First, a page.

Something else I’ve been thinking about this week, more specific to my placement, is that of motivation. I’ve been working on collecting information for an advocacy page that will ultimately be placed on ERICA’s website; accordingly, I have been looking at immigration policy at the Maryland and federal level. What I have found so far has me feeling disheartened questioning what keeps people in the nonprofit sector/broader realm of advocacy motivated. It’s difficult to fight for change in a country that consistently resists it, and since beginning my research, I have been thinking more every day about what motivates people to continue doing this sort of work and what prevents burnout, when change seems so difficult to promote. While I understand that people feel inspired by working towards this greater good, and that I, too, have felt extremely moved already by what I have learned, I am curious to learn from others in the nonprofit sector as to how they keep themselves from losing hope.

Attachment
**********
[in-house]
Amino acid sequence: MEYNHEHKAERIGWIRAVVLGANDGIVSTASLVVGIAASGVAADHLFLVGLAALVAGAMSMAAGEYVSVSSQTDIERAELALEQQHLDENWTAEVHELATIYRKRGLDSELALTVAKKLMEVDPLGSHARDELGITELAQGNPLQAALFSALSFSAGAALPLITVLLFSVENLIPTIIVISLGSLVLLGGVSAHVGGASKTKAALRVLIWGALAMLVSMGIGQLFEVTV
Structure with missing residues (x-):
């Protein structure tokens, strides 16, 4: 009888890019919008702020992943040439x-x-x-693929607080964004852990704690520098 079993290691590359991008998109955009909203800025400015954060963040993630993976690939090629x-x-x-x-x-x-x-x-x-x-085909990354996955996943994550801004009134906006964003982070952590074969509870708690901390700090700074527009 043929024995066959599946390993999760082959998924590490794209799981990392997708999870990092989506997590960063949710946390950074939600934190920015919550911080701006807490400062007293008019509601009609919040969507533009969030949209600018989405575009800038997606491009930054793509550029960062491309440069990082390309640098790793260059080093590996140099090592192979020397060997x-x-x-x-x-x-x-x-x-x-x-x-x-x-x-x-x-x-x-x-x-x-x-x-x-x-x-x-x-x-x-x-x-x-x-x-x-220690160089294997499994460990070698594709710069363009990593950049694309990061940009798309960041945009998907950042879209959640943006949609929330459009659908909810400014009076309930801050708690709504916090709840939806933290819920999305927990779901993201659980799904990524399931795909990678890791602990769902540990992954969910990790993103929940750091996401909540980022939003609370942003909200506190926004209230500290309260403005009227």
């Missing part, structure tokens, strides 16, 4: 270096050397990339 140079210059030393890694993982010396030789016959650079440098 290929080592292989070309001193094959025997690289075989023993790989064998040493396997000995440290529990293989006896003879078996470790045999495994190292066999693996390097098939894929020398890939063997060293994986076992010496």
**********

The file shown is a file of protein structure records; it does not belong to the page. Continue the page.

Photo of Jonathan Lee, smilingJonathan Lee | Court Appointed Special Advocates (CASA) for Children of Baltimore

After spending my first week learning about the intricacies behind foster care, I took some time to reflect on what I wanted to accomplish this summer with CASA Baltimore. The many health inequities, such as homelessness, substance abuse, and domestic violence, that youth leaving foster care experience is a public health crisis that isn’t covered in the media. I was shocked to learn about many of these health outcomes and was disheartened that a lot of youth aren’t given the support they need.